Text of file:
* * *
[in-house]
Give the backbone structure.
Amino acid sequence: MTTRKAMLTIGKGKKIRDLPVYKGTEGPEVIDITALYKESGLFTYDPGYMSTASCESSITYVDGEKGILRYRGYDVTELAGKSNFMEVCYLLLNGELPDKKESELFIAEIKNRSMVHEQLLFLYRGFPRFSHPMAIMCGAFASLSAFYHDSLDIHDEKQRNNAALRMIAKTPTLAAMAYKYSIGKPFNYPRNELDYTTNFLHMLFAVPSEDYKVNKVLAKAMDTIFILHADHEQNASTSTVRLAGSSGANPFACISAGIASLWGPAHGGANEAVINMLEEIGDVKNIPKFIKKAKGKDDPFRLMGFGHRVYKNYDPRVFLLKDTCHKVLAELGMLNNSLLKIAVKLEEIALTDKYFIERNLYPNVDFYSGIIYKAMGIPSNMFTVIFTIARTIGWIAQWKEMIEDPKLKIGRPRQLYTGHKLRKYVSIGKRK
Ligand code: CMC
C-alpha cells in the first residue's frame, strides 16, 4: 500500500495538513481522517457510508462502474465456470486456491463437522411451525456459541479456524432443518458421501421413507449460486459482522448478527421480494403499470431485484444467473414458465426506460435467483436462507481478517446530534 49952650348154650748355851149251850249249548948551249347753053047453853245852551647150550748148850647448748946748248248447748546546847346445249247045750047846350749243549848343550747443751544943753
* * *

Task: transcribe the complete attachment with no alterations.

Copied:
[in-house]
Give the backbone structure.
Amino acid sequence: MTTRKAMLTIGKGKKIRDLPVYKGTEGPEVIDITALYKESGLFTYDPGYMSTASCESSITYVDGEKGILRYRGYDVTELAGKSNFMEVCYLLLNGELPDKKESELFIAEIKNRSMVHEQLLFLYRGFPRFSHPMAIMCGAFASLSAFYHDSLDIHDEKQRNNAALRMIAKTPTLAAMAYKYSIGKPFNYPRNELDYTTNFLHMLFAVPSEDYKVNKVLAKAMDTIFILHADHEQNASTSTVRLAGSSGANPFACISAGIASLWGPAHGGANEAVINMLEEIGDVKNIPKFIKKAKGKDDPFRLMGFGHRVYKNYDPRVFLLKDTCHKVLAELGMLNNSLLKIAVKLEEIALTDKYFIERNLYPNVDFYSGIIYKAMGIPSNMFTVIFTIARTIGWIAQWKEMIEDPKLKIGRPRQLYTGHKLRKYVSIGKRK
Ligand code: CMC
C-alpha cells in the first residue's frame, strides 16, 4: 500500500495538513481522517457510508462502474465456470486456491463437522411451525456459541479456524432443518458421501421413507449460486459482522448478527421480494403499470431485484444467473414458465426506460435467483436462507481478517446530534 49952650348154650748355851149251850249249548948551249347753053047453853245852551647150550748148850647448748946748248248447748546546847346445249247045750047846350749243549848343550747443751544943753